Sunday, December 27, 2009
Princess and the Frog hints at a return to Disney's glory days
It's amazing just how much a 16-18" snow will push your plans back for days and days.
I had originally planned to catch Disney's newest movie, The Princess and the Frog, during the first week it opened, but a little (actually, huge) snowstorm changed all those plans.
So, it wasn't until today that I had the opportunity to see this film that has been heralded as the long-awaited return to 2-D hand drawn animation and bring you a review and my thoughts.
So without any further introduction, here is my review:
GO SEE THIS MOVIE!!
Seriously, if you are a fan of any of Disney's hand-drawn classics, such as The Little Mermaid, Beauty and the Beast, Snow White or The Lion King, then you must see The Princess and the Frog. Disney Animation Studios Chief Creative Officer, John Lasseter wasn't kidding when he said this movie marked Disney's return to 2-D animation.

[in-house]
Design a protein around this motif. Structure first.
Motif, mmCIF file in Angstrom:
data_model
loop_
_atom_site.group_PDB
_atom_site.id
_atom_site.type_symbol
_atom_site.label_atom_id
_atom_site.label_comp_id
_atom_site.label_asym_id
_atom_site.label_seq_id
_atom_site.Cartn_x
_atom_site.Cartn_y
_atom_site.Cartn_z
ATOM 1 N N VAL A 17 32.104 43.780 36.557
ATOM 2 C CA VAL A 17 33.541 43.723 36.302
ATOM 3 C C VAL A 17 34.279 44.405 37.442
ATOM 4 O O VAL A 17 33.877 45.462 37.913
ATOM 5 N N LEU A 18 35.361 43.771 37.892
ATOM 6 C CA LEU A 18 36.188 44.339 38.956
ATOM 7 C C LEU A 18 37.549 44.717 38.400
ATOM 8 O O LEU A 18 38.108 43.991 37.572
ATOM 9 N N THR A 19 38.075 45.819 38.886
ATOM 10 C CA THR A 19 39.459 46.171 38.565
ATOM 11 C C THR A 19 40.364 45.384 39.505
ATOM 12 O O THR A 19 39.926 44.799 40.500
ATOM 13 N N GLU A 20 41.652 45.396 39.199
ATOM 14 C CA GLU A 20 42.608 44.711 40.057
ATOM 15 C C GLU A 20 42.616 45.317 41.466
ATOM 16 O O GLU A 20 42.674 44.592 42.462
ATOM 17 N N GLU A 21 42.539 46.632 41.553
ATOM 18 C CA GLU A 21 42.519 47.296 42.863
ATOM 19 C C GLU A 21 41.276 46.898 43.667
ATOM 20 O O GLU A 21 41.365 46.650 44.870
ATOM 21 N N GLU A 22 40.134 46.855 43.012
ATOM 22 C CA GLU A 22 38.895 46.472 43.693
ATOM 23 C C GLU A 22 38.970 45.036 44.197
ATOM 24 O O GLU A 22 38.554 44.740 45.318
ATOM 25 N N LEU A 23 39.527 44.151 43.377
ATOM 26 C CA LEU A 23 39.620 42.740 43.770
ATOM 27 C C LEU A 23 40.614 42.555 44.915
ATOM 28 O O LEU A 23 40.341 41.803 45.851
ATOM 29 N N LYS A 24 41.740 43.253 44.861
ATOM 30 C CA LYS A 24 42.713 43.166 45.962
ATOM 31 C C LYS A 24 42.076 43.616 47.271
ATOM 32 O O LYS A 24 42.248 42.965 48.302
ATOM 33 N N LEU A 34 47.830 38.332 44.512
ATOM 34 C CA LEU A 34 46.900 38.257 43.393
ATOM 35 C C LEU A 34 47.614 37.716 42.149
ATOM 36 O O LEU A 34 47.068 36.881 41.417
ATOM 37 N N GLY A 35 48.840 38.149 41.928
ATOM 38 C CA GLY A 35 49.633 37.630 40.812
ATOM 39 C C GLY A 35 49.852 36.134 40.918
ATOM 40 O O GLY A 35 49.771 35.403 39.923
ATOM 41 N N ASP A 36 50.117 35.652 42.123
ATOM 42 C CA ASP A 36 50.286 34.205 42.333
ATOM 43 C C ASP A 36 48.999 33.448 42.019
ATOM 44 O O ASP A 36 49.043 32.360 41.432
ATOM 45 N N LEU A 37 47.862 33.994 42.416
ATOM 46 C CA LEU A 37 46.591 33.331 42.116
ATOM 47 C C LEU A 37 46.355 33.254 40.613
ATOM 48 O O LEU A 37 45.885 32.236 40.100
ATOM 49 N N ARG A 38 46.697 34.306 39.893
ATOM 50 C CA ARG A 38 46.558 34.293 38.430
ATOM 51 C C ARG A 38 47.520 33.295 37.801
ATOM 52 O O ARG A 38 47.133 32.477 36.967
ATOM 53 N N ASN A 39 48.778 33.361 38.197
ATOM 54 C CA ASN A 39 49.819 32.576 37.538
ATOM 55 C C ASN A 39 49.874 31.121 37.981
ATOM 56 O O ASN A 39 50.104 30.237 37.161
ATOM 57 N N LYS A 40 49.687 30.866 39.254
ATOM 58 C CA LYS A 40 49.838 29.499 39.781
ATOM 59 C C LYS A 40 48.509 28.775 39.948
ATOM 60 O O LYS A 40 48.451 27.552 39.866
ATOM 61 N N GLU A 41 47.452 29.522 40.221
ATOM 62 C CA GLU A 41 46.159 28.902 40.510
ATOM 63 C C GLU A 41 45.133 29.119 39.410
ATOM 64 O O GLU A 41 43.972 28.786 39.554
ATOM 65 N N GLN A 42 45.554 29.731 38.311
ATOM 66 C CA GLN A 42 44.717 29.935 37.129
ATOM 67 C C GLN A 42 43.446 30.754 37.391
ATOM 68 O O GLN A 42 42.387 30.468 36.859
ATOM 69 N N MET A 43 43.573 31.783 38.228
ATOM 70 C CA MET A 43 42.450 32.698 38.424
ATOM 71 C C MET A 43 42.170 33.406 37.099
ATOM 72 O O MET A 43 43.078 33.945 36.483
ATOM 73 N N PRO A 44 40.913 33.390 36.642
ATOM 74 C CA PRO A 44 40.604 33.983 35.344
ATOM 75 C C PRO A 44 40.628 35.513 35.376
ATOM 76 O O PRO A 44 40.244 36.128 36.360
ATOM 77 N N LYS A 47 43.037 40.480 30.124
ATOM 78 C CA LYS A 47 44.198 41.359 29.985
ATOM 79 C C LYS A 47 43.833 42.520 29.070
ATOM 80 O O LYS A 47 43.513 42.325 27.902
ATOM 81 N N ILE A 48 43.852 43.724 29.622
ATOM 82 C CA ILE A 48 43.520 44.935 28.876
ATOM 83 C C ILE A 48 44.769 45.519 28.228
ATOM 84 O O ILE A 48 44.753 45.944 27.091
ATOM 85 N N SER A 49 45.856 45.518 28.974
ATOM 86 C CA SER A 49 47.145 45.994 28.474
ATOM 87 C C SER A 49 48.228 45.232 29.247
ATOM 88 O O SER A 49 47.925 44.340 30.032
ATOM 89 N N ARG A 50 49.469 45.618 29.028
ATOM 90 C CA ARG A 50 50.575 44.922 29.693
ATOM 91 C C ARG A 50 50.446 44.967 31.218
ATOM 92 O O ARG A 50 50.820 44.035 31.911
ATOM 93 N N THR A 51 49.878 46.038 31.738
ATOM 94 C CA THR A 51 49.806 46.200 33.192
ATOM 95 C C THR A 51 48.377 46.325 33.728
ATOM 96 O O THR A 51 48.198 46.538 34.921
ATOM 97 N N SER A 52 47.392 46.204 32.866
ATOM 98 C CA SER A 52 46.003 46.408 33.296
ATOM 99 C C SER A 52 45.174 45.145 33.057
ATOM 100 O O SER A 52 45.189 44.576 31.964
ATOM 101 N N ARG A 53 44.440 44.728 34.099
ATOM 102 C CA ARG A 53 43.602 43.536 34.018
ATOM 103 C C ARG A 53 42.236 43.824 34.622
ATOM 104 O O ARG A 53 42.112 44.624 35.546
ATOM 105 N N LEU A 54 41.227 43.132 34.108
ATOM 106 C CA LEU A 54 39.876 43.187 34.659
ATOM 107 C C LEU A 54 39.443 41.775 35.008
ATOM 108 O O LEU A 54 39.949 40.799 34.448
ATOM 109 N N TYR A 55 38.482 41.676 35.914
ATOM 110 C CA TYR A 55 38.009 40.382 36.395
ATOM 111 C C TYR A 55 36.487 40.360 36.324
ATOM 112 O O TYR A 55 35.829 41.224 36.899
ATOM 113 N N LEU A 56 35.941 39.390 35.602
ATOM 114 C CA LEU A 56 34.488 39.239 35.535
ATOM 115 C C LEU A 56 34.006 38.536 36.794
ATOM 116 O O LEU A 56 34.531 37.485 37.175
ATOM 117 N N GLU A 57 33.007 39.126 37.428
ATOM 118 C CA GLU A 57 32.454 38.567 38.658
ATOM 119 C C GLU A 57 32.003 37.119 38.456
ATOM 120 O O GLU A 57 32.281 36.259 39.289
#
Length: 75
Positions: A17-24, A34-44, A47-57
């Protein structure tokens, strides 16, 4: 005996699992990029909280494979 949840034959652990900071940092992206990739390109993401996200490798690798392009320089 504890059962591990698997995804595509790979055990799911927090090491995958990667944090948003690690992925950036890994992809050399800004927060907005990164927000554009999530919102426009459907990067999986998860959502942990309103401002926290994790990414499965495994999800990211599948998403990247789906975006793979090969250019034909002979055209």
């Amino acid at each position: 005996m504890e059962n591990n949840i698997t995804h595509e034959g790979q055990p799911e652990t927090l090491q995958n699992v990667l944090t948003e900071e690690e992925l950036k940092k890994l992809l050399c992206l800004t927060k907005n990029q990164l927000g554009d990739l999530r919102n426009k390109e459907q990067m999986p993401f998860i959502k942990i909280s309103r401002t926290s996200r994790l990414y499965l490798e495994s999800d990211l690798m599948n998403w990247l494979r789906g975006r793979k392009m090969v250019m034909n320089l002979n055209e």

I'll go even further and say that The Princess and the Frog ushers in a return the grandeur and cinematic brilliance of Disney animation's modern glory days from the 1980's and early 90's.
Now, I'm not just gushing over the fact that Disney's finally released a 2-D movie, rather it's that The Princess and the Frog also marks a return to the kind of storytelling that pulls at your heart and makes you sing with joy. Somehow, these two elements work best hand-in-hand.
I know The Princess and the Frog took a long time to produce, but it's clear that the time was well spent. Each character, especially Tiana and Naveen have been well-developed with a complete backstory that helps to make these characters even more believable. Tiana is a strong-willed, focused and driven woman intent on achieving her dreams. She embodies Walt Disney's saying, "if you can dream it, you can do it." Tiana has a dream and she constantly strives through hard work and determination to achieve it. In one line of her song, "so work real hard each and every day," perfectly describes Tiana's work ethic learned from her father.